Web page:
Nancy Reale


Clinical Assistant Professor of Liberal Studies

Ph.D. New York University

M.A. New York University

M.A. New School for Social Research

B.A. Cornell University

Areas of Interest: Classical, Medieval, Renaissance literatures and arts; interdisciplinary humanities; music

Course(s) Taught: Cultural Foundations I, II, & III; Global Topics: First Encounters & Their Legacies: Collisions, Continuities and Global Re-Imaginings; GLS Senior Colloquium; GLS Senior Thesis


    NYU Distinguished Teaching Award
    Jose Vazquez Award for Teaching Excellence 2014
    Lehman Foundation Award 2014, 2013, 2012, 2011, 2010, 2009
    LS Curriculum Development Challenge Award 2014, 2005-10
    LS Research Challenge Award 2012
    SCPS Outstanding Service Award 2006, 2005
    SCPS Conversations Across the Disciplines Grant 2005
    NYU Curricular Development Challenge Fund Grant 2005

Teaching Statement: I encourage students to think of the classroom as a unique space in which there is a continued opportunity to experience kinds of interaction that are generally not possible outside of a classroom. When we interrogate various art forms, we are always communicating with other minds and cultures, and we are also talking to one another about deep convictions, questions, and aspirations. Thus, the work we do fosters communication, tolerance, and intellectual and emotional growth, and I seek to underscore this from the start so that students will see in their studies of sometimes seemingly distant cultures an immediacy about which they can become excited and with which they can engage. A good classroom environment is a complex set of deeply personal exchanges that are organized around a central activity of intellectual inquiry. True intellection is best accomplished in an atmosphere of trust, which I seek to encourage from the beginning of any course. I strive to demonstrate to students that I take them seriously—their intellects as well as their sensibilities—and I hope to communicate that I will do my best to show them why the subject matter I teach engages me and how it can have meaning for them. My formal training is in late medieval and Renaissance literature, but my real joy in the classroom is showing students how all the arts are interconnected and how they are discrete imaginative processes and ways of knowing the world.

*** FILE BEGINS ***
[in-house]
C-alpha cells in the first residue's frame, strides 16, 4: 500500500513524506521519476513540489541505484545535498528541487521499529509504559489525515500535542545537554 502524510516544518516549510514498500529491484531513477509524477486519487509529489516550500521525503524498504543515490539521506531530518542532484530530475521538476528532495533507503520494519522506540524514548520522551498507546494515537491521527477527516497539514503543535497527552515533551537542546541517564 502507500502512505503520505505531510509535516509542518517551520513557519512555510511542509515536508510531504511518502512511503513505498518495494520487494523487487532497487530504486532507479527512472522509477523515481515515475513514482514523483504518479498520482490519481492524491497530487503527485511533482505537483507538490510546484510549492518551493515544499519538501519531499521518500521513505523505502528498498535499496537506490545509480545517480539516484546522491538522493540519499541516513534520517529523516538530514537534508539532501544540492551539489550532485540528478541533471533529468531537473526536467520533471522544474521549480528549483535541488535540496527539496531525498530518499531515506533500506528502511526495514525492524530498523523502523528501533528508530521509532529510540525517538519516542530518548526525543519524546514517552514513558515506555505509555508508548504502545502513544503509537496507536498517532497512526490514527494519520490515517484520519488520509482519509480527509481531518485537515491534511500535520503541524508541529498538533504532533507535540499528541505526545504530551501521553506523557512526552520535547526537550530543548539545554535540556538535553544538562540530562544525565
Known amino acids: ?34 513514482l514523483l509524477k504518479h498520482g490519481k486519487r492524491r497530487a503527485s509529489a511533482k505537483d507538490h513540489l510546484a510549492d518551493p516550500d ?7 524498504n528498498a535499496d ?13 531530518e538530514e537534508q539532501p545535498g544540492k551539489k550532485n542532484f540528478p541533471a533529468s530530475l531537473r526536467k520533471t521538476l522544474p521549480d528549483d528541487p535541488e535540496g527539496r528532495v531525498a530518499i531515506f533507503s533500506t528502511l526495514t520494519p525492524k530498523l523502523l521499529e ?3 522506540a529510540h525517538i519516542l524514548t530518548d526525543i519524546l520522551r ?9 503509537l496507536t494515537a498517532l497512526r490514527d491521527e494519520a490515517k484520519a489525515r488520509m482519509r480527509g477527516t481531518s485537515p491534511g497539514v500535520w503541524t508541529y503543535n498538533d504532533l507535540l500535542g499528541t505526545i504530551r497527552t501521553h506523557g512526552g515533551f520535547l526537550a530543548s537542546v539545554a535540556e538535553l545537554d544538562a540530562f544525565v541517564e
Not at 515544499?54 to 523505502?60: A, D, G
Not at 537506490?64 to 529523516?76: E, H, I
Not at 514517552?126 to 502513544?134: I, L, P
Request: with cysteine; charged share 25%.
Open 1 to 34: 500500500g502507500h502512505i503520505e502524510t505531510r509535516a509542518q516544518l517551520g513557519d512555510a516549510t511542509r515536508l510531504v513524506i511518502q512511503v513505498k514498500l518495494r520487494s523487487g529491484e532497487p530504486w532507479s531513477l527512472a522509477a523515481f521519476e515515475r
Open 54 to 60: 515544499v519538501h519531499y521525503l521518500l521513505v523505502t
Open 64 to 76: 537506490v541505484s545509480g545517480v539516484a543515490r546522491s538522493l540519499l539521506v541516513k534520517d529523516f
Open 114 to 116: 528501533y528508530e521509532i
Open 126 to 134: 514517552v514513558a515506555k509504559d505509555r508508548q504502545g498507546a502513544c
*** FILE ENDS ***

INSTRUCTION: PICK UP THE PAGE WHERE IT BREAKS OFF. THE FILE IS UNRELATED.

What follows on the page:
• “Chaucer Kowthe in Sondry Londes,” in Standing in the Shadow of the Master, ed. Kathleen Bishop (Cambridge Scholars Press, 2010)
  • “Companies, Misteries, and Foreign Exchange: Chaucer’s Currency for the Modern Reader,” in Chaucer in the Twenty-first Century. ed. Kathleen Bishop (Cambridge Scholars Press, 2008)
  • Satura: Essays on Medieval Education and Religion in Honor of Robert R. Raymo. Co-editor with Ruth Sternglantz and contributor (Paul Watkins, 2001)
  • “Medieval Western European Debate Poetry,” in An Encyclopedia of Medieval Literature, ed. Laura Lambdin and Robert Lambdin (Greenwood, 2001)
  • “Selected English Translations of Boccaccio’s Decameron,” in Encyclopedia of Literary Translation. (Fitzroy Dearborn, 2000)
  • “Reading the Language of Love: Boccaccio's Filostrato as Intermediary between the Commedia and Chaucer's Troilus and Criseyde,” in Desiring Discourse: The Literature of Love, Ovid Through Chaucer, ed. Cynthia Gravlee and James Paxon (Susquehanna UP, 1998).
  •  “Merchants in Chaucerian London and in Chaucer's The Canterbury Tales,” in Chaucer's Pilgrims: An Historical Guide to the Pilgrims in Guide The Canterbury Tales, Laura and Robert Lambdin, eds. (Greenwood, 1996) “
  • ‘Bitwixen Game and Ernest': Troilus and Criseyde as a Post-Boccaccian Response to the Commedia,” in Philological Quarterly (Summer 1992)
Updated on 02/22/2016